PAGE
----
Telamone with dragons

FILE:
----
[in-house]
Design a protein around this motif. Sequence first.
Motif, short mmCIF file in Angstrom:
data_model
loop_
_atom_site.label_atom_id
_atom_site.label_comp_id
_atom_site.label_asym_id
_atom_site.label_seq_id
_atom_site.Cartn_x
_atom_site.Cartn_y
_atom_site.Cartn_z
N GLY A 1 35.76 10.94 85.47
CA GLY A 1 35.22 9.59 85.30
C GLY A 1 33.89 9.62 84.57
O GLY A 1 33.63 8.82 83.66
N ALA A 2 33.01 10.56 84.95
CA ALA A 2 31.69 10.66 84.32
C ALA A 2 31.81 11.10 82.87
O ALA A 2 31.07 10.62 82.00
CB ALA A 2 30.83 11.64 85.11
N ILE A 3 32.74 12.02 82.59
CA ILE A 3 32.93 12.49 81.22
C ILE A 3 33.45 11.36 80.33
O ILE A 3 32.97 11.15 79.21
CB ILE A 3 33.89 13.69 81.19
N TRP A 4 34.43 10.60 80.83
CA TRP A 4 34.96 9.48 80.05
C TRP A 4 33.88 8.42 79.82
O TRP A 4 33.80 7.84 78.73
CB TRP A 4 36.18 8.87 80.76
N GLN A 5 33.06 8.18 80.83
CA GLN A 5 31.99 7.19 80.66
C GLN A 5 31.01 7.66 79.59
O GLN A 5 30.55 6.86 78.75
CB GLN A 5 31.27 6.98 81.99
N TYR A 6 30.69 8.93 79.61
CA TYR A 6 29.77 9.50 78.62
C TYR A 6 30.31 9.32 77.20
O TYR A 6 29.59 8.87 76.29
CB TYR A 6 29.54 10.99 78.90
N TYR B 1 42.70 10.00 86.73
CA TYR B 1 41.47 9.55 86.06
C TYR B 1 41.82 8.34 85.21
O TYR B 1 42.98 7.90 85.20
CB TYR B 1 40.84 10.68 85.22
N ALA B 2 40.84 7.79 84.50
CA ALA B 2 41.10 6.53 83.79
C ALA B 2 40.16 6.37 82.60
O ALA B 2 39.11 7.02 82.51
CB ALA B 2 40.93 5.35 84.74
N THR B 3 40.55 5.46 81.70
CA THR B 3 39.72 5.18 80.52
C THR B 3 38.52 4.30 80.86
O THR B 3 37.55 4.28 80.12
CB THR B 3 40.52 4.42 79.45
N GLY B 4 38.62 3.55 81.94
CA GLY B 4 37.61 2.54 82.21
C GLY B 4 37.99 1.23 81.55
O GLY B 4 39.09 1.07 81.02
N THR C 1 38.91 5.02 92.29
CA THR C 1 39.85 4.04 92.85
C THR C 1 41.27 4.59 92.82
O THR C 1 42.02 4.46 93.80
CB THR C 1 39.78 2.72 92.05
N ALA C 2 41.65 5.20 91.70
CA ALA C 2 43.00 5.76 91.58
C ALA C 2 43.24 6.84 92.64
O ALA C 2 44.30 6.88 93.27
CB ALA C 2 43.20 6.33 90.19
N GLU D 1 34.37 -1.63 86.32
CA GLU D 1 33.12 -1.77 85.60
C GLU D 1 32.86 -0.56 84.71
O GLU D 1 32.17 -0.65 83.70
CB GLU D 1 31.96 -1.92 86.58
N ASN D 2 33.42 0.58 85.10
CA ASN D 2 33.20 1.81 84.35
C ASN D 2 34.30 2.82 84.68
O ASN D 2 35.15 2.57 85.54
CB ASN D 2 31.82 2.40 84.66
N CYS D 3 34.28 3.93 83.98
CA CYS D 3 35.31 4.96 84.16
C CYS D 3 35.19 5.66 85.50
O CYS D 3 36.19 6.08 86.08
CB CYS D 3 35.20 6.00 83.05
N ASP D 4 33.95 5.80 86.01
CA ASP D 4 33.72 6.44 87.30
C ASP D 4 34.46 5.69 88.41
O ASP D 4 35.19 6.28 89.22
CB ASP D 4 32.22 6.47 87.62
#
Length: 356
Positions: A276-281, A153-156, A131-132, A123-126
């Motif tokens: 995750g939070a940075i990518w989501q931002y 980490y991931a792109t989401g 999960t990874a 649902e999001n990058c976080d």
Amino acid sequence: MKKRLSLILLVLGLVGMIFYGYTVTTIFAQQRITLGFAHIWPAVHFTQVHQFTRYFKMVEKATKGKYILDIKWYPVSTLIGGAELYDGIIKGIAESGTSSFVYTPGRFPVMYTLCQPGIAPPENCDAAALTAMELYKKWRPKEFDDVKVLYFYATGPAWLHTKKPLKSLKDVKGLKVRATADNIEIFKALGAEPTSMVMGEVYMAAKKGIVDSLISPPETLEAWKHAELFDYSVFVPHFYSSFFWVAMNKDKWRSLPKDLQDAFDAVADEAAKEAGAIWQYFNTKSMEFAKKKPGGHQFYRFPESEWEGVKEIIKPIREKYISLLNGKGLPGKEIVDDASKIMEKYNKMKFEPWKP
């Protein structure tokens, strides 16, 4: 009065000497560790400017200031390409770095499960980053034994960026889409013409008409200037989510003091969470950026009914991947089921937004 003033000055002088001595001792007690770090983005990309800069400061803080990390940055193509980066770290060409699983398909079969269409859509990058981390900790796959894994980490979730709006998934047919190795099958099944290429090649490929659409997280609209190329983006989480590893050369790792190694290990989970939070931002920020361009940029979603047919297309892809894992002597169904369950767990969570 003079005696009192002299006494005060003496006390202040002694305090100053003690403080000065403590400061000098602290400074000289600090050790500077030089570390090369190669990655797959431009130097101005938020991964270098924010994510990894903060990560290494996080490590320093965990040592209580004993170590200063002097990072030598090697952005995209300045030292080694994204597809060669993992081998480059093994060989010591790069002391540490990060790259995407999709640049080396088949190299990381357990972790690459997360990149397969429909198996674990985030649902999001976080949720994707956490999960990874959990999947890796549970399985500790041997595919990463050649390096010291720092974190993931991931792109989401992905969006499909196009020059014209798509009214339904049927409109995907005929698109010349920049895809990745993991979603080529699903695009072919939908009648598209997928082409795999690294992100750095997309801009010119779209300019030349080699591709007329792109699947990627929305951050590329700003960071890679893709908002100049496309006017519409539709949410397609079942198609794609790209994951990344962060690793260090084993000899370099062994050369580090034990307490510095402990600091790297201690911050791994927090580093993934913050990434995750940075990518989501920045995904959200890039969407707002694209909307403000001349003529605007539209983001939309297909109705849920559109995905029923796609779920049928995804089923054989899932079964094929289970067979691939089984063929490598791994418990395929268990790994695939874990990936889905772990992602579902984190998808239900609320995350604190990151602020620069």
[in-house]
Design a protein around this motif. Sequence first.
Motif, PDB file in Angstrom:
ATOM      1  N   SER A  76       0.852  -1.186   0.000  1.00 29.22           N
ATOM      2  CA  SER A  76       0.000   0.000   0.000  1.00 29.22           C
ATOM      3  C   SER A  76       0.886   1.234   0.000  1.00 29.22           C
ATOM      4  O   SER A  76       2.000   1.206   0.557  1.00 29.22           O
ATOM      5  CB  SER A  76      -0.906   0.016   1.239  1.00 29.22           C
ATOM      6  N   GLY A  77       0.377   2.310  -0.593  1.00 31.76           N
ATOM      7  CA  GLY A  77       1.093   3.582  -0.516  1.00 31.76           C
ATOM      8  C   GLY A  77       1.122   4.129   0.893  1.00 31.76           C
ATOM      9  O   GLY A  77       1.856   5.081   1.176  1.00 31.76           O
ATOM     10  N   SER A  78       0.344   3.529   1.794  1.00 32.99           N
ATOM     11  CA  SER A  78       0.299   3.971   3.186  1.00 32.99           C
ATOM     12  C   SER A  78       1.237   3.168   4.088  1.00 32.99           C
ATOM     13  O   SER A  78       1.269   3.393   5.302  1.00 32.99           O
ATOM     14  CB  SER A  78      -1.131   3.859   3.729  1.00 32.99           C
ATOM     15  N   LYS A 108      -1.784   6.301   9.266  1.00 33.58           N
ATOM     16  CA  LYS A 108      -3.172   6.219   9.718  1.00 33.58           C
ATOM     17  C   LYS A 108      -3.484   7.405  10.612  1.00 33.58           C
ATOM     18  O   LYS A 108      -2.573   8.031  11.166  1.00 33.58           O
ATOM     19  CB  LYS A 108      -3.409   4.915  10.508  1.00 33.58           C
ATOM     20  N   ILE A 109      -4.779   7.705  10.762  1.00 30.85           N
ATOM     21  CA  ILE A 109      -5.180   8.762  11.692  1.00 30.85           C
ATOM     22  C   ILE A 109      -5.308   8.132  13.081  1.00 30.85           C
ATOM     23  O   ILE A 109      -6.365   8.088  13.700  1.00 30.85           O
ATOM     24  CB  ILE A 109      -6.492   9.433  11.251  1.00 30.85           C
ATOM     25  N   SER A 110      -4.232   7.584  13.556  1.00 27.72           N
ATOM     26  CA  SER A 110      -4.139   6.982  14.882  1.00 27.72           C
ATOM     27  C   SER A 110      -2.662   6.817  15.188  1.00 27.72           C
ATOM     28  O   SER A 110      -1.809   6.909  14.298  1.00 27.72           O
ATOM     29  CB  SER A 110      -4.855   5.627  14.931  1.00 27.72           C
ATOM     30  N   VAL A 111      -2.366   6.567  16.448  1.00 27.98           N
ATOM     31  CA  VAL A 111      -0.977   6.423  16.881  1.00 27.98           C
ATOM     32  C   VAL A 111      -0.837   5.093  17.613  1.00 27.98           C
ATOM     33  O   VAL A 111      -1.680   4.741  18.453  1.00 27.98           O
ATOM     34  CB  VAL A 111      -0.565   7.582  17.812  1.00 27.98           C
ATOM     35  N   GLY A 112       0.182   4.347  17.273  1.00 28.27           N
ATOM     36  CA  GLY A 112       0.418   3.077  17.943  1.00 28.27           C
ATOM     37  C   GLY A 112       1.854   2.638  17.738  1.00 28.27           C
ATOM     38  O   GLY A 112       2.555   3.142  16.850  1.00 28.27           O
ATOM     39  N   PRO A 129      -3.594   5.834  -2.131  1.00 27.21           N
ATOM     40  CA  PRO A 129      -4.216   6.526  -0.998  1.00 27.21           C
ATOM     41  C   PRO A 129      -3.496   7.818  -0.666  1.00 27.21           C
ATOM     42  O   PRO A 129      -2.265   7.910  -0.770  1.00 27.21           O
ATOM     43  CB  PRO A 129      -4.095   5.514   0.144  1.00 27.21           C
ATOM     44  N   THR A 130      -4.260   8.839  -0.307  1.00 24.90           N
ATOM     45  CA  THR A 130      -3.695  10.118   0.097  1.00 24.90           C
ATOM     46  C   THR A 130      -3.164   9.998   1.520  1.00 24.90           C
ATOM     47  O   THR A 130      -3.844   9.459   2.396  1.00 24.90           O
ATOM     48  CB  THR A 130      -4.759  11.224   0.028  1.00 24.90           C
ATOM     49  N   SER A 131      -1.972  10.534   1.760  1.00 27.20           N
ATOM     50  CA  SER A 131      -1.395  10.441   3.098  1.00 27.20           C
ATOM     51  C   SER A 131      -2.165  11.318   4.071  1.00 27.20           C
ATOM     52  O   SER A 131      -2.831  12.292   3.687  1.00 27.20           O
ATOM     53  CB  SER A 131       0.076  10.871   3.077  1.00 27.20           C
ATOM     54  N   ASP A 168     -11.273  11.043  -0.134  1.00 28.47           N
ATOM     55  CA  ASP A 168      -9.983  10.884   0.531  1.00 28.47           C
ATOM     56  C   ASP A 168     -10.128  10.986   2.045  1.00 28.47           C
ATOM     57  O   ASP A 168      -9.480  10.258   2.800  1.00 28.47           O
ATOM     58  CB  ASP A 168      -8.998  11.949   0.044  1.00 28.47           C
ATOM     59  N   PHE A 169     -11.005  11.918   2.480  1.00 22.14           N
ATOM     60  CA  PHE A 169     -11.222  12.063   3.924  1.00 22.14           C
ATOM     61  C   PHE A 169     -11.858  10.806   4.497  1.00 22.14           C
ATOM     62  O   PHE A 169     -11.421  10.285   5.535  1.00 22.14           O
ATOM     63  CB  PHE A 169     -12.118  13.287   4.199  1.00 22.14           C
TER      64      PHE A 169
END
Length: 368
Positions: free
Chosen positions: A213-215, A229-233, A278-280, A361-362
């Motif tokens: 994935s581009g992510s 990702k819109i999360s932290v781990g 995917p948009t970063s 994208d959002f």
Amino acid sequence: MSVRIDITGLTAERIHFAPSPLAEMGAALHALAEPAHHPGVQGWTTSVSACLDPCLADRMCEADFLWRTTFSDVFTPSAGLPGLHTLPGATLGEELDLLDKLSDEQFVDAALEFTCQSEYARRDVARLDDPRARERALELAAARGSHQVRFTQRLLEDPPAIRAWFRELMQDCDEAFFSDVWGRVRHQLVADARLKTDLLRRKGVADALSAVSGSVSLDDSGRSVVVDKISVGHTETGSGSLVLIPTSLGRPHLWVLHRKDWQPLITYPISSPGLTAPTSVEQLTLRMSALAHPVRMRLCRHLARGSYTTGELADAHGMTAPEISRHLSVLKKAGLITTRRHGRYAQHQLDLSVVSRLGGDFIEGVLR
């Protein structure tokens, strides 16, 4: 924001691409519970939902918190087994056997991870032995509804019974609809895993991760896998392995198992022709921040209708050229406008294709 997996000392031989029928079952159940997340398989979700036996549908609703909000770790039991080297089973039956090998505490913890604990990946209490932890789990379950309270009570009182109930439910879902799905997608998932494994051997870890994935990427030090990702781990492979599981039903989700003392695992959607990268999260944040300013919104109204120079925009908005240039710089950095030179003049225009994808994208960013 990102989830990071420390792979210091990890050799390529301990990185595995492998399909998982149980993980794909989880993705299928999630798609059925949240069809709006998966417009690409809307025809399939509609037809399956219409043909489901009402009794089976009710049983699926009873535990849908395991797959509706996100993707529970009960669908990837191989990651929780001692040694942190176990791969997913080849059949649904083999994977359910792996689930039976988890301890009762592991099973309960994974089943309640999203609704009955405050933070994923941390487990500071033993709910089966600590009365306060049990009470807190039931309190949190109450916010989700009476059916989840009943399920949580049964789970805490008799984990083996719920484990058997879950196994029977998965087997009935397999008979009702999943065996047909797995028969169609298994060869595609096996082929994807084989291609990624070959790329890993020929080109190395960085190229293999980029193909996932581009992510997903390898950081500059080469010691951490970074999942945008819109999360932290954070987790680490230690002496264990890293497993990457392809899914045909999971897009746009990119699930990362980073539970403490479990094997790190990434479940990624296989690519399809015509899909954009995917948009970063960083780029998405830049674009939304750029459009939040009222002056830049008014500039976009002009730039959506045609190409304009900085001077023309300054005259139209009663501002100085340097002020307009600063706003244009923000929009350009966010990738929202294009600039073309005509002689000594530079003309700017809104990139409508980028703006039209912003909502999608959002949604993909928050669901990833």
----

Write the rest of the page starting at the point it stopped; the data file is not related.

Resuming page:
The capital with telamon and two dragons comes from inside the lost Romanesque basilica of San Giovanni in Borgo, the church demolished in 1811 to give more space to the monumental Borromeo college. The artifact, characterized by an advanced executive technique, is unanimously considered by critics to be a masterpiece, one of the most famous and highest quality pieces of Pavia plastic from the early 12th century. The processing technique reaches a high level of mastery, for example in the rendering of the legs of dragons that sink into the fleshy masses of lions. The sculptor manages to create an ingenious composition and to wisely graduate the planes in relation to the background, making the surfaces turned, smooth and well polished. The motif of intertwined monstrous animals, between which the telamon is safely inserted, reaches the maximum fusion and plastic effectiveness of the whole in this capital. The capital of the rectangular pillar finds in the center a naked virile figure, crowned, sculpted in high relief, with a prominent belly, navel and well-defined ribs, legs apart and arms open to grasp the neck of the two powerful winged dragons, with globe eyes, the whose long scaly tails intertwine symmetrically wrapped around the legs and feet of the seated man. The two monsters in turn lean on the hips of two semi-rampant lions, with a long neck marked by a mane furrowed by tufts ending in curls and the tail between the legs, arranged at the two corners of the capital. In the abacus there is a fretwork Greek fret with staggered rectangles, executed with a chisel, which seems to continue, in smaller dimensions, on the crown of the central figure, emphasizing the head. On the short side on the right there is another monstrous winged figure, with a snake's body crossed by pearl-shaped scales.